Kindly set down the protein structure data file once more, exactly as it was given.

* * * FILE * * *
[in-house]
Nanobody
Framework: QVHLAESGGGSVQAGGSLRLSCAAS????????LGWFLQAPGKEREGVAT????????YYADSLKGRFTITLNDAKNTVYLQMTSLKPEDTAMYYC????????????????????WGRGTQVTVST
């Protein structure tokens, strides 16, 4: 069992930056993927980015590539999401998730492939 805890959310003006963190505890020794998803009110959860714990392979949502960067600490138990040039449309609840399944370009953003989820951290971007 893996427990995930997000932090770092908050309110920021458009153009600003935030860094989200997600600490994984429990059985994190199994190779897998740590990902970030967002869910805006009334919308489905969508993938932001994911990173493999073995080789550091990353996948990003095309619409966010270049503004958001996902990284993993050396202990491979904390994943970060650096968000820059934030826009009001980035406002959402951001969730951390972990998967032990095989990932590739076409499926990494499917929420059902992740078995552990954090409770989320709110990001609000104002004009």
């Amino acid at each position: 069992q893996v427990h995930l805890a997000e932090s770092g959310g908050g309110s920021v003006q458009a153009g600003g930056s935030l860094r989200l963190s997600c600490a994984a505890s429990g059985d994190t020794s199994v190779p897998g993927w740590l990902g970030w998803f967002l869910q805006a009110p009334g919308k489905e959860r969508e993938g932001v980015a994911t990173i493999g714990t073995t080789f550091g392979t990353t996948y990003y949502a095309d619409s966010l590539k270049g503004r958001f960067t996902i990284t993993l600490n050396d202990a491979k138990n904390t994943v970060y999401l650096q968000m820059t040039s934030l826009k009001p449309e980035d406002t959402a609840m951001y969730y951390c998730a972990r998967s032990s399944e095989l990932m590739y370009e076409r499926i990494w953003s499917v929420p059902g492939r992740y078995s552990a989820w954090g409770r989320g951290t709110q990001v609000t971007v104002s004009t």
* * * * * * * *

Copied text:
[in-house]
Nanobody
Framework: QVHLAESGGGSVQAGGSLRLSCAAS????????LGWFLQAPGKEREGVAT????????YYADSLKGRFTITLNDAKNTVYLQMTSLKPEDTAMYYC????????????????????WGRGTQVTVST
């Protein structure tokens, strides 16, 4: 069992930056993927980015590539999401998730492939 805890959310003006963190505890020794998803009110959860714990392979949502960067600490138990040039449309609840399944370009953003989820951290971007 893996427990995930997000932090770092908050309110920021458009153009600003935030860094989200997600600490994984429990059985994190199994190779897998740590990902970030967002869910805006009334919308489905969508993938932001994911990173493999073995080789550091990353996948990003095309619409966010270049503004958001996902990284993993050396202990491979904390994943970060650096968000820059934030826009009001980035406002959402951001969730951390972990998967032990095989990932590739076409499926990494499917929420059902992740078995552990954090409770989320709110990001609000104002004009």
């Amino acid at each position: 069992q893996v427990h995930l805890a997000e932090s770092g959310g908050g309110s920021v003006q458009a153009g600003g930056s935030l860094r989200l963190s997600c600490a994984a505890s429990g059985d994190t020794s199994v190779p897998g993927w740590l990902g970030w998803f967002l869910q805006a009110p009334g919308k489905e959860r969508e993938g932001v980015a994911t990173i493999g714990t073995t080789f550091g392979t990353t996948y990003y949502a095309d619409s966010l590539k270049g503004r958001f960067t996902i990284t993993l600490n050396d202990a491979k138990n904390t994943v970060y999401l650096q968000m820059t040039s934030l826009k009001p449309e980035d406002t959402a609840m951001y969730y951390c998730a972990r998967s032990s399944e095989l990932m590739y370009e076409r499926i990494w953003s499917v929420p059902g492939r992740y078995s552990a989820w954090g409770r989320g951290t709110q990001v609000t971007v104002s004009t």